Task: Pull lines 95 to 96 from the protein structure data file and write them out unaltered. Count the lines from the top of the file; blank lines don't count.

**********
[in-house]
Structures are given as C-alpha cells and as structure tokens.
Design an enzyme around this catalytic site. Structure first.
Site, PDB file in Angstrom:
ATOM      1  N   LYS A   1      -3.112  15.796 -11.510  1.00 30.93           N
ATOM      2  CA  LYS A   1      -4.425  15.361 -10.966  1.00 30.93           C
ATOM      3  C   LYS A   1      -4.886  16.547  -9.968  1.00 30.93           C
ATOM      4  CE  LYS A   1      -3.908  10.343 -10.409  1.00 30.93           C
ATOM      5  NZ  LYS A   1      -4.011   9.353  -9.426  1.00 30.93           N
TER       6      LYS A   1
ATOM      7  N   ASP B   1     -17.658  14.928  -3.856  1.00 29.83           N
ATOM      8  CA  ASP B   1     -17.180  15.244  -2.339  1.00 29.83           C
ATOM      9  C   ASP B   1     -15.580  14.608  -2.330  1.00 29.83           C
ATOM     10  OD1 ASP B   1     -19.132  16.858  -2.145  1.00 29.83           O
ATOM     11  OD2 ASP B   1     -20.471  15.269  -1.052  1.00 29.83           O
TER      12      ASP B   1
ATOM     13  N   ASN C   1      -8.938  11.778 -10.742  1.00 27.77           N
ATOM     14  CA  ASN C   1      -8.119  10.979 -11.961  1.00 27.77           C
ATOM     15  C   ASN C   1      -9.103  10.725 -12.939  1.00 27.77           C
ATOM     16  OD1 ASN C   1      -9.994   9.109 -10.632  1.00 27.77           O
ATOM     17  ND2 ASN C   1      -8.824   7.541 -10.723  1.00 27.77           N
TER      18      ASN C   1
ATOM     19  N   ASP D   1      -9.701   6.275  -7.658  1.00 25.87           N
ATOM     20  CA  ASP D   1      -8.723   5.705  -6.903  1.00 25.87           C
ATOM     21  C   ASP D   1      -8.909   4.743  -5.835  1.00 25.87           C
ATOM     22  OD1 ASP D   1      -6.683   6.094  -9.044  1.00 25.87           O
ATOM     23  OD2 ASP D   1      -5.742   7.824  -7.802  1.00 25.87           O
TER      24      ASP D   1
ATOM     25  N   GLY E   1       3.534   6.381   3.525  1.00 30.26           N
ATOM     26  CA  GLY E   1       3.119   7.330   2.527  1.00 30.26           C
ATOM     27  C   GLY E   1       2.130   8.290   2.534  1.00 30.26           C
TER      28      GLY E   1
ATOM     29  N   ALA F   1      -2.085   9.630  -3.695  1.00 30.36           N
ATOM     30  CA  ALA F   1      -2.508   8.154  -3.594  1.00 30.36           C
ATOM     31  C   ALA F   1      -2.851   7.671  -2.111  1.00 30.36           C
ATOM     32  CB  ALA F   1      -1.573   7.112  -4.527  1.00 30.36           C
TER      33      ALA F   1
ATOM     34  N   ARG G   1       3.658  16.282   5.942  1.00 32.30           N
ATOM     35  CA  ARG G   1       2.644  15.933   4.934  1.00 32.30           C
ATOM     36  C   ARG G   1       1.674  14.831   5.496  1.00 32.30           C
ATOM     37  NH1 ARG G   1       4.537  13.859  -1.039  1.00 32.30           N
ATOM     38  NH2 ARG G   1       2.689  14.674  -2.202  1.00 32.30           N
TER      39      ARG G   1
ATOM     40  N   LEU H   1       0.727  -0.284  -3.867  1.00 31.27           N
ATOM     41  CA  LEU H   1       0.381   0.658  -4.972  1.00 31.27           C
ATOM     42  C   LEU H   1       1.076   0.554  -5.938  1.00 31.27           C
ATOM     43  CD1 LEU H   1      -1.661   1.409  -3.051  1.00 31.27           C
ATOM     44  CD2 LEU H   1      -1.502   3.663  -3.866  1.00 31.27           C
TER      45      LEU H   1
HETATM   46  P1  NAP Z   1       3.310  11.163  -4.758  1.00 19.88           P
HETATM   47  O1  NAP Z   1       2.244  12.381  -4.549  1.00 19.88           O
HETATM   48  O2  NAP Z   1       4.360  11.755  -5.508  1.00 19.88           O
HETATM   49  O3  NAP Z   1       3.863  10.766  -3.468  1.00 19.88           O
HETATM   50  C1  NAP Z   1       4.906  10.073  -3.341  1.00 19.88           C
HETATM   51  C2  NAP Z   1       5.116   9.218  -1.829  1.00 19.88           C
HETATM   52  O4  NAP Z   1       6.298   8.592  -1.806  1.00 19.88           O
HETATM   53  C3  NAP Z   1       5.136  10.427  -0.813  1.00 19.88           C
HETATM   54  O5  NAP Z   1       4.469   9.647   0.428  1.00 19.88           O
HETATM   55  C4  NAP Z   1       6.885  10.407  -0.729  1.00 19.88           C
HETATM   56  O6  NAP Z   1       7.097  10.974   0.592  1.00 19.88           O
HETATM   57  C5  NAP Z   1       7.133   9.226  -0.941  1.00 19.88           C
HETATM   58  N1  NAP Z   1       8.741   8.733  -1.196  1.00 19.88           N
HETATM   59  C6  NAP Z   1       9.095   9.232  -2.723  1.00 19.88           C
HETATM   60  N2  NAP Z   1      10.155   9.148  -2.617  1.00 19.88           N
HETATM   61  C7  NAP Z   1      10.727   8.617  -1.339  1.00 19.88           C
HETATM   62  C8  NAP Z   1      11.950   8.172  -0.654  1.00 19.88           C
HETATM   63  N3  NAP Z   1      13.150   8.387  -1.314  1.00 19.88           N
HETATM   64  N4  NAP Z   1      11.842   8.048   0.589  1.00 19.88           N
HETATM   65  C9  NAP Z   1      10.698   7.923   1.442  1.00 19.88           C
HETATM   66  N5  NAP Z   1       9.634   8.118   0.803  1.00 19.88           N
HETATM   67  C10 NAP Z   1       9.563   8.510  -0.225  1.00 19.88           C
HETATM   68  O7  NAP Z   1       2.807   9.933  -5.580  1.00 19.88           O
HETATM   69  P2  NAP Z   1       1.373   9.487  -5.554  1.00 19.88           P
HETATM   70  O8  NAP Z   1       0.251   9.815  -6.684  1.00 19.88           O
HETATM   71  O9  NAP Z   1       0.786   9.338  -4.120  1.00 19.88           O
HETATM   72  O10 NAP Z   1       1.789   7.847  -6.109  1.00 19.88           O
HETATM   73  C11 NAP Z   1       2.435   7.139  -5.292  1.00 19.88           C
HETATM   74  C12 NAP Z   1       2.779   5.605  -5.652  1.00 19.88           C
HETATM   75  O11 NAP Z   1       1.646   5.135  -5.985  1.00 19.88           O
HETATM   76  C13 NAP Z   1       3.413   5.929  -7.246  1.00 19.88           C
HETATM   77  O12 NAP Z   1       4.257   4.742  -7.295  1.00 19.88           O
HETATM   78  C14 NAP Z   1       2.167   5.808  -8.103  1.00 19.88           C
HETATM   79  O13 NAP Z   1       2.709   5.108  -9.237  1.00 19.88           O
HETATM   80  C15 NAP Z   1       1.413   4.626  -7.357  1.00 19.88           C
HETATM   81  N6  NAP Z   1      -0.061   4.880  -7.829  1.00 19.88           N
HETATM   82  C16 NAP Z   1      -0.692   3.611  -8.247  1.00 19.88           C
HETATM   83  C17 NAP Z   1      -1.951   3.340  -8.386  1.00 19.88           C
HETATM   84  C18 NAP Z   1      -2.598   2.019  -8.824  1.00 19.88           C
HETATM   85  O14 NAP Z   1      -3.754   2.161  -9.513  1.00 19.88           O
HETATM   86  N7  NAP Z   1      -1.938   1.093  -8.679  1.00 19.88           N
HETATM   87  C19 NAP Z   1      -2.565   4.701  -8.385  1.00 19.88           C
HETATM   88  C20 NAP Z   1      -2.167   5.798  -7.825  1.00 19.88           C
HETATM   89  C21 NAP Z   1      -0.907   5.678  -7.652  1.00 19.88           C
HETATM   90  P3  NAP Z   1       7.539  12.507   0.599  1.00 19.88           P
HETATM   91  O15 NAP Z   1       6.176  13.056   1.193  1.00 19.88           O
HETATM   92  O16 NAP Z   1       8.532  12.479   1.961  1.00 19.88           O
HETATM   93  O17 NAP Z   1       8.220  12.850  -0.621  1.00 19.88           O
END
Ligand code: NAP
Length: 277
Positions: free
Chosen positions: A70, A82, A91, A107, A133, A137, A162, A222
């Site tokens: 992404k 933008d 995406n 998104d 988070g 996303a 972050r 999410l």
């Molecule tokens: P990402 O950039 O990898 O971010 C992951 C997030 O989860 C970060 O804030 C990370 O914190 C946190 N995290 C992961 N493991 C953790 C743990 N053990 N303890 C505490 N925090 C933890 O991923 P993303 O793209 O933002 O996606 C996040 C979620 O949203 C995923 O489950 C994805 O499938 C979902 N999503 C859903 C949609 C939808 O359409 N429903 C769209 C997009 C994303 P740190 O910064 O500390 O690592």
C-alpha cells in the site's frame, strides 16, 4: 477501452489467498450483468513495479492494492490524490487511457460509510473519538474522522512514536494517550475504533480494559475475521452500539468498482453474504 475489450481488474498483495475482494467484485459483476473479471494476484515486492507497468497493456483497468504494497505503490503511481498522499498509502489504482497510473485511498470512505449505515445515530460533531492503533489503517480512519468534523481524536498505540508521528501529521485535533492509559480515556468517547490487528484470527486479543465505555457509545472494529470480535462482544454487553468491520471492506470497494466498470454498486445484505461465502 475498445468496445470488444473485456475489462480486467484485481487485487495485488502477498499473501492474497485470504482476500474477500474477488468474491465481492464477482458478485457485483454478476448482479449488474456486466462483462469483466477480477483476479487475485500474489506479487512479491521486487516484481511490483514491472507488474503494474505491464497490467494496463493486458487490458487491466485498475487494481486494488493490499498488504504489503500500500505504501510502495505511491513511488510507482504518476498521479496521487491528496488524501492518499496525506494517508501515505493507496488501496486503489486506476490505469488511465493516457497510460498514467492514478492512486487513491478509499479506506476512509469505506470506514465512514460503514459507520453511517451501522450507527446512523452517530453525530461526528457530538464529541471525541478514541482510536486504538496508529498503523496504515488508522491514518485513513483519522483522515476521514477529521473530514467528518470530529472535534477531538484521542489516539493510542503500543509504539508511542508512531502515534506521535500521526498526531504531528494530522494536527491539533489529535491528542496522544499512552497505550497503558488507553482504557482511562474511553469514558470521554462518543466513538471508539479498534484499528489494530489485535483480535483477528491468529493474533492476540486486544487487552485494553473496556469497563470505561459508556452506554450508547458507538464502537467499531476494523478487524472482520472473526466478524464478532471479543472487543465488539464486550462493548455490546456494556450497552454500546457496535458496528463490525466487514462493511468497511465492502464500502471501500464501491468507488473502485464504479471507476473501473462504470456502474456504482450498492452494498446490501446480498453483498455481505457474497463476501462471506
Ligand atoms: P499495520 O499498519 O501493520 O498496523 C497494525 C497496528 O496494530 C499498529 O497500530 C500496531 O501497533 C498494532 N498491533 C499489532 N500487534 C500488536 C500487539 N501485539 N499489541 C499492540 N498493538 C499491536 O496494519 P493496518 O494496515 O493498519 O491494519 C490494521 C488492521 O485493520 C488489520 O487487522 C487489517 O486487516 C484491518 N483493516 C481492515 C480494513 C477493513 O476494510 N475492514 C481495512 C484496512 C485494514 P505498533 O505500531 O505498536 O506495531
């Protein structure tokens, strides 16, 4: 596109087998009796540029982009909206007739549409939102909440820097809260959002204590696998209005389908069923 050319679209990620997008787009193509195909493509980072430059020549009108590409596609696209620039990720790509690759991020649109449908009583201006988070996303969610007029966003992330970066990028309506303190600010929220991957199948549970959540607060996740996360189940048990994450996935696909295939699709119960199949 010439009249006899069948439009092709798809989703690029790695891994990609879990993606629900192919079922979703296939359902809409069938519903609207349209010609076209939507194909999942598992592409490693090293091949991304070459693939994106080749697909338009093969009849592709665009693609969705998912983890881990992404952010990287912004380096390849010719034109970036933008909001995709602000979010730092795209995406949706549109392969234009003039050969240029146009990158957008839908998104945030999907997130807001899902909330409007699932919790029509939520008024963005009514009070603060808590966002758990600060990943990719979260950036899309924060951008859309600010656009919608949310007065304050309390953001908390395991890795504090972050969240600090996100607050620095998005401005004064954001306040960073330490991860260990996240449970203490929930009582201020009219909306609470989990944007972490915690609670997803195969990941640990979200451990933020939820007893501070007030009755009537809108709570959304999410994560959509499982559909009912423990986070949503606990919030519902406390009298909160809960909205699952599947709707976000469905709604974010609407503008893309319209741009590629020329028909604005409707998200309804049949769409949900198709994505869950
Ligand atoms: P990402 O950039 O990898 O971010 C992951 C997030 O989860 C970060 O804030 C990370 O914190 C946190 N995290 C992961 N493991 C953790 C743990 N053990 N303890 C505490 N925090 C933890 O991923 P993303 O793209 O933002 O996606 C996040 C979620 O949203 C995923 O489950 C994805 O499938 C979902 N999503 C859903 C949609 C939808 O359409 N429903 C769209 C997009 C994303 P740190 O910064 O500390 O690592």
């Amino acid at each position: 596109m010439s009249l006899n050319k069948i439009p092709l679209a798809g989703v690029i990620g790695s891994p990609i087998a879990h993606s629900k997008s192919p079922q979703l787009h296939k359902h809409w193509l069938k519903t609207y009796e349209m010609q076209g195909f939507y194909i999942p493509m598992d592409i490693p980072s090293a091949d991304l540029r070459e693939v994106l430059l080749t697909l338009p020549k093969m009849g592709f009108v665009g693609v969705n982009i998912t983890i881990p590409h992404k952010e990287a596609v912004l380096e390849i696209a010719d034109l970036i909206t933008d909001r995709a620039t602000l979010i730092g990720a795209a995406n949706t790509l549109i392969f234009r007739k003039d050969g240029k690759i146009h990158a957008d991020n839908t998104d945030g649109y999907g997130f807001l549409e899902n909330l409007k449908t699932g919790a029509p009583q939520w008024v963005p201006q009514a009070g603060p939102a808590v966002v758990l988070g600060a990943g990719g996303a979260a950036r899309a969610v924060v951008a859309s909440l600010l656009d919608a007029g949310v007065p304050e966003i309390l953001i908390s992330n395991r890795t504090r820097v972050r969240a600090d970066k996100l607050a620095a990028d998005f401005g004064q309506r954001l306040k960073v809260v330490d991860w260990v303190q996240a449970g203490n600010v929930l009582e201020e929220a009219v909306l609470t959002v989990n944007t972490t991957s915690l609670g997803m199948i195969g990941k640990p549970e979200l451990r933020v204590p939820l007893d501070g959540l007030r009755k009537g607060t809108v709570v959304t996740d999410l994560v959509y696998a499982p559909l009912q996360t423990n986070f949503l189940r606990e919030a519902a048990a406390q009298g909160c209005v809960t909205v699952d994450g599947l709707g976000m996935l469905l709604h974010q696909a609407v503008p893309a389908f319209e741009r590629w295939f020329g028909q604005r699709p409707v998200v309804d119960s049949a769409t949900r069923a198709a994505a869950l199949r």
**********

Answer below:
HETATM   91  O15 NAP Z   1       6.176  13.056   1.193  1.00 19.88           O
HETATM   92  O16 NAP Z   1       8.532  12.479   1.961  1.00 19.88           O